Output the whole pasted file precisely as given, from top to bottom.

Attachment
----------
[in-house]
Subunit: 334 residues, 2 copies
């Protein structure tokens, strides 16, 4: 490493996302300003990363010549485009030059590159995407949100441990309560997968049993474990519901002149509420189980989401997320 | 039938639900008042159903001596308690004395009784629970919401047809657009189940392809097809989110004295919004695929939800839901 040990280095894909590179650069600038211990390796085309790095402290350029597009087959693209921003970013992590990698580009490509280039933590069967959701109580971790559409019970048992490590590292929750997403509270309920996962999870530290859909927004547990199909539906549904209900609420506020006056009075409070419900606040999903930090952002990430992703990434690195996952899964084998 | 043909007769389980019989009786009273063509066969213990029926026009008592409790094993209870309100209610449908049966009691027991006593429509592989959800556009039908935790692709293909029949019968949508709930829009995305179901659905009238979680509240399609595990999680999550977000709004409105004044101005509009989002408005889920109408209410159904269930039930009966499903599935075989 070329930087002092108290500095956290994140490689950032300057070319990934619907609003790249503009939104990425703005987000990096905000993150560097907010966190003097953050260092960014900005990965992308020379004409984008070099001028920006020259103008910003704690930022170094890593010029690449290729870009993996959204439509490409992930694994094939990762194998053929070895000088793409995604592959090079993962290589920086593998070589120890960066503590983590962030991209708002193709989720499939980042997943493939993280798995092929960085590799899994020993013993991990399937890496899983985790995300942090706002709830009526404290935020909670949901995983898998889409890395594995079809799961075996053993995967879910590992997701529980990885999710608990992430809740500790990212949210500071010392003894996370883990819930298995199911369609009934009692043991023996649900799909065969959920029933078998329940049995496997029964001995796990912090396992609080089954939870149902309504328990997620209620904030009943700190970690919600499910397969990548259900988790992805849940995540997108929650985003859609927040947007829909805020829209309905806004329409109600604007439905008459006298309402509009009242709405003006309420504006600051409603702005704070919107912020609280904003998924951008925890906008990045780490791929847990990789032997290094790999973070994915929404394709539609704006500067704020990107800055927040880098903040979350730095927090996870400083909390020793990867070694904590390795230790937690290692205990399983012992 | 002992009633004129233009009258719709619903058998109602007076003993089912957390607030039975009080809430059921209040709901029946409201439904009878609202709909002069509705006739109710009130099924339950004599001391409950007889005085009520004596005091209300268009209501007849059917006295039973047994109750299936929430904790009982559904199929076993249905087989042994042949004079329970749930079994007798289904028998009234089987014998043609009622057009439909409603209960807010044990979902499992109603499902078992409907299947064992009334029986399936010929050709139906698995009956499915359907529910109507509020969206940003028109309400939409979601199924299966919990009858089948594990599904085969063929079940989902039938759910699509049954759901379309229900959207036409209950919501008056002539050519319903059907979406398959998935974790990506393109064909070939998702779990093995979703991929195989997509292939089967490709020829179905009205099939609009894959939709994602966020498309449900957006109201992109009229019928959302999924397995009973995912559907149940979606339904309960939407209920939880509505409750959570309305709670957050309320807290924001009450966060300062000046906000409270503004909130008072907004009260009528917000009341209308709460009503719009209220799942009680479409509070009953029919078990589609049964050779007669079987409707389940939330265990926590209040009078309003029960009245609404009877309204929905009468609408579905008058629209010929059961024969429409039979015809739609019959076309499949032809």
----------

[in-house]
Subunit: 334 residues, 2 copies
């Protein structure tokens, strides 16, 4: 490493996302300003990363010549485009030059590159995407949100441990309560997968049993474990519901002149509420189980989401997320 | 039938639900008042159903001596308690004395009784629970919401047809657009189940392809097809989110004295919004695929939800839901 040990280095894909590179650069600038211990390796085309790095402290350029597009087959693209921003970013992590990698580009490509280039933590069967959701109580971790559409019970048992490590590292929750997403509270309920996962999870530290859909927004547990199909539906549904209900609420506020006056009075409070419900606040999903930090952002990430992703990434690195996952899964084998 | 043909007769389980019989009786009273063509066969213990029926026009008592409790094993209870309100209610449908049966009691027991006593429509592989959800556009039908935790692709293909029949019968949508709930829009995305179901659905009238979680509240399609595990999680999550977000709004409105004044101005509009989002408005889920109408209410159904269930039930009966499903599935075989 070329930087002092108290500095956290994140490689950032300057070319990934619907609003790249503009939104990425703005987000990096905000993150560097907010966190003097953050260092960014900005990965992308020379004409984008070099001028920006020259103008910003704690930022170094890593010029690449290729870009993996959204439509490409992930694994094939990762194998053929070895000088793409995604592959090079993962290589920086593998070589120890960066503590983590962030991209708002193709989720499939980042997943493939993280798995092929960085590799899994020993013993991990399937890496899983985790995300942090706002709830009526404290935020909670949901995983898998889409890395594995079809799961075996053993995967879910590992997701529980990885999710608990992430809740500790990212949210500071010392003894996370883990819930298995199911369609009934009692043991023996649900799909065969959920029933078998329940049995496997029964001995796990912090396992609080089954939870149902309504328990997620209620904030009943700190970690919600499910397969990548259900988790992805849940995540997108929650985003859609927040947007829909805020829209309905806004329409109600604007439905008459006298309402509009009242709405003006309420504006600051409603702005704070919107912020609280904003998924951008925890906008990045780490791929847990990789032997290094790999973070994915929404394709539609704006500067704020990107800055927040880098903040979350730095927090996870400083909390020793990867070694904590390795230790937690290692205990399983012992 | 002992009633004129233009009258719709619903058998109602007076003993089912957390607030039975009080809430059921209040709901029946409201439904009878609202709909002069509705006739109710009130099924339950004599001391409950007889005085009520004596005091209300268009209501007849059917006295039973047994109750299936929430904790009982559904199929076993249905087989042994042949004079329970749930079994007798289904028998009234089987014998043609009622057009439909409603209960807010044990979902499992109603499902078992409907299947064992009334029986399936010929050709139906698995009956499915359907529910109507509020969206940003028109309400939409979601199924299966919990009858089948594990599904085969063929079940989902039938759910699509049954759901379309229900959207036409209950919501008056002539050519319903059907979406398959998935974790990506393109064909070939998702779990093995979703991929195989997509292939089967490709020829179905009205099939609009894959939709994602966020498309449900957006109201992109009229019928959302999924397995009973995912559907149940979606339904309960939407209920939880509505409750959570309305709670957050309320807290924001009450966060300062000046906000409270503004909130008072907004009260009528917000009341209308709460009503719009209220799942009680479409509070009953029919078990589609049964050779007669079987409707389940939330265990926590209040009078309003029960009245609404009877309204929905009468609408579905008058629209010929059961024969429409039979015809739609019959076309499949032809």